**Authors:**Thorpe, Kerri**Date:**2017**Language:**English**Type:**Thesis , Masters , MSc**Identifier:**http://hdl.handle.net/10962/d1017827 , vital:20798**Description:**Problem: In today’s world, missing values are more present than ever. Due to the ever-changing and fast paced global society in which we live, most business and research data produced around the world contain missing data. This means that locating data which is meticulously precise can be a hard task in itself, but at times may prove essential as the consequences of making use of incomplete data could be disastrous. The reasons for missing data cropping up in almost all forms of work are numerous and shall be discussed in this dissertation. For example, those being interviewed or polled may choose to simply ignore questions which are posed to them, recording equipment may malfunction or be misplaced, or organisers may not be able to locate the respondent in order to rectify the missing data. Whatever the reasons for data being incomplete, it is necessary to avoid having to use inefficient and incomplete data as a result from the above problems. Therefore, various strategies or methods have been developed in order to handle these missing values. It is important, however, that these strategies or methods are utilised effectively as missing data treatment can introduce bias into the analysis. This dissertation shall look at these and other problems in more detail by using a data set which consists of records for 581 children who were interviewed in 1990 as part of the National Longitudinal Survey of Youth (NLSY). Approach: As mentioned above, many strategies or methods have been developed in order to deal with missing values. More specifically, traditional methods such as complete case analysis, available case analysis or single imputation are widely used by researchers and shall be discussed herein. Although these methods are simple and easy to implement, they require assumptions about the data that are not often satisfied in practice. Over the years, more up to date and relevant methods, such as multiple imputation and maximum likelihood have been developed. These methods rely on weaker assumptions and contain superior statistical properties when compared to the traditional techniques. In this dissertation, these traditional methods shall be reviewed and assessed in SAS and shall be compared to the more modern techniques. Results: The ad hoc techniques for handling missing data such as complete case and available case methods produce biased parameter estimates when the data is not missing completely at random (MCAR). Single imputation techniques likewise produce biased estimates as well as result in the underestimation of standard errors. Although the expectation maximisation (EM) algorithm yields unbiased parameter estimates, the lack of convenient standard errors suggests that using this algorithm for hypothesis testing is not a good idea. Multiple imputation, however, yields unbiased parameter estimates and correctly estimates standard errors. Conclusion: Ignoring missing data in any analysis produces biased parameter estimates. Using single imputation to handle missing values is not recommended, as using a single value to replace missing values does not account for the variation that would have been present if the variables were observed. As a result, the variance will be greatly underestimated. The more modern missing data methods such as the EM algorithm and multiple imputation are preferred over the traditional techniques as they require less stringent assumptions and they also mitigate the downsides of the older methods.**Full Text:****Date Issued:**2017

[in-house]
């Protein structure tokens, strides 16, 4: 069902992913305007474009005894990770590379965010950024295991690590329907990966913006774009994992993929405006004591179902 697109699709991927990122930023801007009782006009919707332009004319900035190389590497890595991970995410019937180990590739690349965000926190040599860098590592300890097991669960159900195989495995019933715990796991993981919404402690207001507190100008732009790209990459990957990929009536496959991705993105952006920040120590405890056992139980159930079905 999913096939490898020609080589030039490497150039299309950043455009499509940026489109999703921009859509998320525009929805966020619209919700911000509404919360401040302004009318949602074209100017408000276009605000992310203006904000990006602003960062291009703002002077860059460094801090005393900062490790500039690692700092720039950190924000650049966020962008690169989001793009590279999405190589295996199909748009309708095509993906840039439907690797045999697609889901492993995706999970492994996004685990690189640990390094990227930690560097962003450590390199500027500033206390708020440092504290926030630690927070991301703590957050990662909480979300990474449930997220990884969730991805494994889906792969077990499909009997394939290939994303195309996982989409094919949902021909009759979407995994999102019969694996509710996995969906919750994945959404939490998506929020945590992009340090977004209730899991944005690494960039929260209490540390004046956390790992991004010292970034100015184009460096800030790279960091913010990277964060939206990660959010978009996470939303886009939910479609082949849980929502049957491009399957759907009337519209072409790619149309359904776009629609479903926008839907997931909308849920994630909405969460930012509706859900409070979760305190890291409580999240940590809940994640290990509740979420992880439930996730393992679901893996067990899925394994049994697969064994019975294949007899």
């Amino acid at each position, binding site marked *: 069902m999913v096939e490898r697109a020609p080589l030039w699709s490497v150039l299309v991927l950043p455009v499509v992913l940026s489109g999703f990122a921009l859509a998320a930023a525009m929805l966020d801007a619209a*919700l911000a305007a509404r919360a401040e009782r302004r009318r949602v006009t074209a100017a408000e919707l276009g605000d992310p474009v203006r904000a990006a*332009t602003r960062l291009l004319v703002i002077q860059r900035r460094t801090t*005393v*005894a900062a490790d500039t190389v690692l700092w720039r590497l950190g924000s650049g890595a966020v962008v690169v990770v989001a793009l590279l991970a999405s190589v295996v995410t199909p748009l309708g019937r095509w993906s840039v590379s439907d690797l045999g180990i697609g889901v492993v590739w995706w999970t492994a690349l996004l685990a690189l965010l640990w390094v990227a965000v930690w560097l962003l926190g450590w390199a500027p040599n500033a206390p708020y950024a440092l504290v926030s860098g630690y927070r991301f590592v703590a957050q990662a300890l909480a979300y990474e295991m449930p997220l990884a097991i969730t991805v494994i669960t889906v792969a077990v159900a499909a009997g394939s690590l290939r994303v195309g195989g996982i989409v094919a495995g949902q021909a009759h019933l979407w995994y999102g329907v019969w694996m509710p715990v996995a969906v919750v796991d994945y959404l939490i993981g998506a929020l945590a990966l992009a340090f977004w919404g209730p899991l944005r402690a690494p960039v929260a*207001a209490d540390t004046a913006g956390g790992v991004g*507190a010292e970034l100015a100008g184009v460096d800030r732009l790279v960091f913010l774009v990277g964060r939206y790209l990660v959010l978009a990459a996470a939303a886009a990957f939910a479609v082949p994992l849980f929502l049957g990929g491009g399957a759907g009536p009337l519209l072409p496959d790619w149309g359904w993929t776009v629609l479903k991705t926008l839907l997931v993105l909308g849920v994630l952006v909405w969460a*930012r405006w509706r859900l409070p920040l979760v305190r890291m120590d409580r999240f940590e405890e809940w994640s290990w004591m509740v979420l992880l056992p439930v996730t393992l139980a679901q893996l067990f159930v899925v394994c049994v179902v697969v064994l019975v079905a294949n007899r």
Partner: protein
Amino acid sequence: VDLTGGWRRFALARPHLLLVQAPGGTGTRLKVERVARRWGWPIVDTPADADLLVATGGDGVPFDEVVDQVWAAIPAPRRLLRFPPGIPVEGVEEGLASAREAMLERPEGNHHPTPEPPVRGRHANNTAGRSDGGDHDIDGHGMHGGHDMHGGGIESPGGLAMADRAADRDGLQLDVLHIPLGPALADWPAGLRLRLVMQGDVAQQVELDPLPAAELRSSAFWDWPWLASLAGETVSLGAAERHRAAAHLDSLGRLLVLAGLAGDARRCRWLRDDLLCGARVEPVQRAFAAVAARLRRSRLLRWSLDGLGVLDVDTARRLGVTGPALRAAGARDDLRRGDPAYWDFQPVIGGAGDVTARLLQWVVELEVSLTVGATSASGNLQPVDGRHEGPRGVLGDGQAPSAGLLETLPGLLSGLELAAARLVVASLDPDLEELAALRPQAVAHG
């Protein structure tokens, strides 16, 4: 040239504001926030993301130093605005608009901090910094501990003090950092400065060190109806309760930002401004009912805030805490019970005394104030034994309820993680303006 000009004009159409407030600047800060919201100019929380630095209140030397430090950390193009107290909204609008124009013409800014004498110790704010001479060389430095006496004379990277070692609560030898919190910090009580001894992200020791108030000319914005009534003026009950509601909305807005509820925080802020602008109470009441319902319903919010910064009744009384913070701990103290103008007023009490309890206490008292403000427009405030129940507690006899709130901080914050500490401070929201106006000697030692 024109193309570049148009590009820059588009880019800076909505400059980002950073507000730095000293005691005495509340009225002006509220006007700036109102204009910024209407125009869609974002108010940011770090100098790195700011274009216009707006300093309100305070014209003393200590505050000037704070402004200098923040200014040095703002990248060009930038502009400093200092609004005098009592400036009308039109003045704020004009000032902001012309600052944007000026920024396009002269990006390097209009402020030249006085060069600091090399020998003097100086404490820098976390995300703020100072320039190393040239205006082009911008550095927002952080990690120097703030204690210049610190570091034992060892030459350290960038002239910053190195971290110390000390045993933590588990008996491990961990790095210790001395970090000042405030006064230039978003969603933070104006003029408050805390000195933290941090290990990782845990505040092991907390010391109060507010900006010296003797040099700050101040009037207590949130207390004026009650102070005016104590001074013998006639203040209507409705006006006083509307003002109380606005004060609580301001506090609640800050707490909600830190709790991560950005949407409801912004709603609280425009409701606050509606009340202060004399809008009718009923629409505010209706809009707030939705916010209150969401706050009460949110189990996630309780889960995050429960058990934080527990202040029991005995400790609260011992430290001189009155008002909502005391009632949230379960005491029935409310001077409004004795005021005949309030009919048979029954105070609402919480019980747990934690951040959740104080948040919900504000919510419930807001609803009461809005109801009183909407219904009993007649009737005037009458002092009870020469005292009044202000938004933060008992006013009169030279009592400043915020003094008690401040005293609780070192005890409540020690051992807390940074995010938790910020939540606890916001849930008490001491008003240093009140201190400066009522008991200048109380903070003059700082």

Reliability analysis: assessment of hardware and human reliability

**Authors:**Mafu, Masakheke**Date:**2017**Subjects:**Bayesian statistical decision theory , Reliability (Engineering) , Human machine systems , Probabilities , Markov processes**Language:**English**Type:**Thesis , Masters , MSc**Identifier:**http://hdl.handle.net/10962/6280 , vital:21077**Description:**Most reliability analyses involve the analysis of binary data. Practitioners in the field of reliability place great emphasis on analysing the time periods over which items or systems function (failure time analyses), which make use of different statistical models. This study intends to introduce, review and investigate four statistical models for modeling failure times of non-repairable items, and to utilise a Bayesian methodology to achieve this. The exponential, Rayleigh, gamma and Weibull distributions will be considered. The performance of the two non-informative priors will be investigated. An application of two failure time distributions will be carried out. To meet these objectives, the failure rate and the reliability functions of failure time distributions are calculated. Two non-informative priors, the Jeffreys prior and the general divergence prior, and the corresponding posteriors are derived for each distribution. Simulation studies for each distribution are carried out, where the coverage rates and credible intervals lengths are calculated and the results of these are discussed. The gamma distribution and the Weibull distribution are applied to failure time data.The Jeffreys prior is found to have better coverage rate than the general divergence prior. The general divergence shows undercoverage when used with the Rayleigh distribution. The Jeffreys prior produces coverage rates that are conservative when used with the exponential distribution. These priors give, on average, the same average interval lengths and increase as the value of the parameter increases. Both priors perform similar when used with the gamma distribution and the Weibull distribution. A thorough discussion and review of human reliability analysis (HRA) techniques will be considered. Twenty human reliability analysis (HRA) techniques are discussed; providing a background, description and advantages and disadvantages for each. Case studies in the nuclear industry, railway industry, and aviation industry are presented to show the importance and applications of HRA. Human error has been shown to be the major contributor to system failure.**Full Text:****Date Issued:**2017